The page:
This book is the first academic study entirely devoted to Liverpool labouring-class poet and activist Edward Rushton (1756-1814), whose name was for a long time only associated with the foundation of the Royal School for the Blind in 1791. A former sailor, tavern keeper and editor of a paper, as of the turbulent 1790s Rushton owned a bookshop that was a hub of intense networking with many radical writers and intellectuals. His long-lasting, consistent commitment to the most pressing debates enflaming the Age of Revolution led him to question naval impressment and British repression in Ireland, the Napoleonic wars lacerating Europe and, most prominently, both the transatlantic traffic in human beings and the institution of slavery as such. A dedicated and unrelenting campaigner at the time of the dawning human rights discourse, Rushton was both a perceptive scrutinizer of the mechanisms of power and repression, and a remarkably complex poetic voice, fully consequent to his politics. In this book his work is the object of new and long-due critical enquiry, especially appropriate in the year that marks the bicentennial anniversary of his death. The opening up of eighteenth-century and Romantic studies to cross-disciplinary interchange allows for a more nuanced historical and critical investigation of previously erased or neglected individual and collective experiences. This expanding critical space, which highlights the systemic discursive interaction of culture, politics and society, constitutes the conceptual and methodological frame for what is intended as a comprehensive critical re-evaluation of the writer.
1. It is the first academic study entirely devoted to this underrated Liverpool writer, whose work so far has been object of a limited number of research articles only. 2. It breaks entirely new ground on various relevant aspects, including the uncovering of the only extant copy of the Liverpool Weekly Herald, which he briefly edited (1788-90); the reconstruction of the writer’s connection with Robert Southey;the factual itinerary and reception of the Expostulatory Letter addressed to George Washington. 3. It provides full-length critical analysis of most of his work. 4. It expands on and reinforces understanding of related contexts, including eighteenth-century Liverpool, the press-gang debate, the response to the Irish rebellion of 1798, the anti-war, abolitionist and anti-slavery movements at the turn of the nineteenth century. 5. It takes into account and builds on most recent secondary literature.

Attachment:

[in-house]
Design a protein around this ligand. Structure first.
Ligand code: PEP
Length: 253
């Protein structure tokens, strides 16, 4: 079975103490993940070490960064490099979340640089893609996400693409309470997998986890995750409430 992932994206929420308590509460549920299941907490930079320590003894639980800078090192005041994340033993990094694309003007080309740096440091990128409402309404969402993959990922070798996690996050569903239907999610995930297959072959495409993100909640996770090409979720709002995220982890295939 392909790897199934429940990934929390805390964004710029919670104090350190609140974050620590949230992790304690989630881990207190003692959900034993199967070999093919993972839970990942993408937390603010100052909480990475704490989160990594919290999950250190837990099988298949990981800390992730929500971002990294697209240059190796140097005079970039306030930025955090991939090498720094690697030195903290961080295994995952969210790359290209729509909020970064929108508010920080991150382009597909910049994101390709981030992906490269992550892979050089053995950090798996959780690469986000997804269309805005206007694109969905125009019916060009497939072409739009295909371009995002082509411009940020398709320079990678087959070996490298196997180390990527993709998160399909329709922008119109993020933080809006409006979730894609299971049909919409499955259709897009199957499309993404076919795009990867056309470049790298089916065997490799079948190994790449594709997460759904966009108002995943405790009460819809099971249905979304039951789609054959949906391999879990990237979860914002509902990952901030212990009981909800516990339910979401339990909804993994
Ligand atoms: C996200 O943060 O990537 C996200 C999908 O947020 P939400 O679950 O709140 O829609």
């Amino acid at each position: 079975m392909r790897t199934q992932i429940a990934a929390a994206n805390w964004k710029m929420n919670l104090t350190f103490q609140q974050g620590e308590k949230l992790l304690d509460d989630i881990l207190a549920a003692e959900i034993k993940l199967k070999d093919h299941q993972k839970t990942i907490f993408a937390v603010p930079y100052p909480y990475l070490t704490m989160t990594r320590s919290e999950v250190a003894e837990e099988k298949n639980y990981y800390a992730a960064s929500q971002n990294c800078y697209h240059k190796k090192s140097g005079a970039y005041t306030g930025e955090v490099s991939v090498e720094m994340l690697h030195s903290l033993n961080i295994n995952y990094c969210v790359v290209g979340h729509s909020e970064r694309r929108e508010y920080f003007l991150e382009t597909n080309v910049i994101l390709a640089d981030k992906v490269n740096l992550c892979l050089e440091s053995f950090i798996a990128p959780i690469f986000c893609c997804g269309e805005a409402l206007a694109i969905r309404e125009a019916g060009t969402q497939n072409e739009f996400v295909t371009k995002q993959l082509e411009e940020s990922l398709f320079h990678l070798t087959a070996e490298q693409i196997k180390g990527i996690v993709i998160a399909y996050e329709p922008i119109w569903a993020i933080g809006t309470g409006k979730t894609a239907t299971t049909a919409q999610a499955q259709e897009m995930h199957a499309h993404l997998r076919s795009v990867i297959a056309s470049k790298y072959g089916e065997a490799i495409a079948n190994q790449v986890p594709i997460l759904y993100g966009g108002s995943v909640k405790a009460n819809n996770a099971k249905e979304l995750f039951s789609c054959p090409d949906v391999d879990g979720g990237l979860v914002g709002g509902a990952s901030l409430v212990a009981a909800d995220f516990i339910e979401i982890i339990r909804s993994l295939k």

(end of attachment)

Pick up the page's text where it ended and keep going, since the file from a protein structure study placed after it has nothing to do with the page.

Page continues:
Reviews'The Collected Writings of Edward Rushton (1756–1814), edited by Paul Baines and Franca Dellarosa’s Talking Revolution: Edward Rushton’s Rebellious Poetics 1782–1814 (a first-rate critical biography) taken together, are two volumes that enable Rushton’s work to join a large and sometimes quite riveting body of material at the intersection of working-class poetry and the literary history of abolitionism.'
Jenny Davidson, SEL Review
'Franca Dellarossa’s superb monograph...is absolutely right to prioritise the prevalence of rebellion and radicalism in [Rushton's] work.'
Ryan Hanley, The BARS Review, No. 48
'Successfully brings to light a poet who has until now not been fully recognized as an independent radical voice in the romantic period.'
Patrick Leech, Romanticism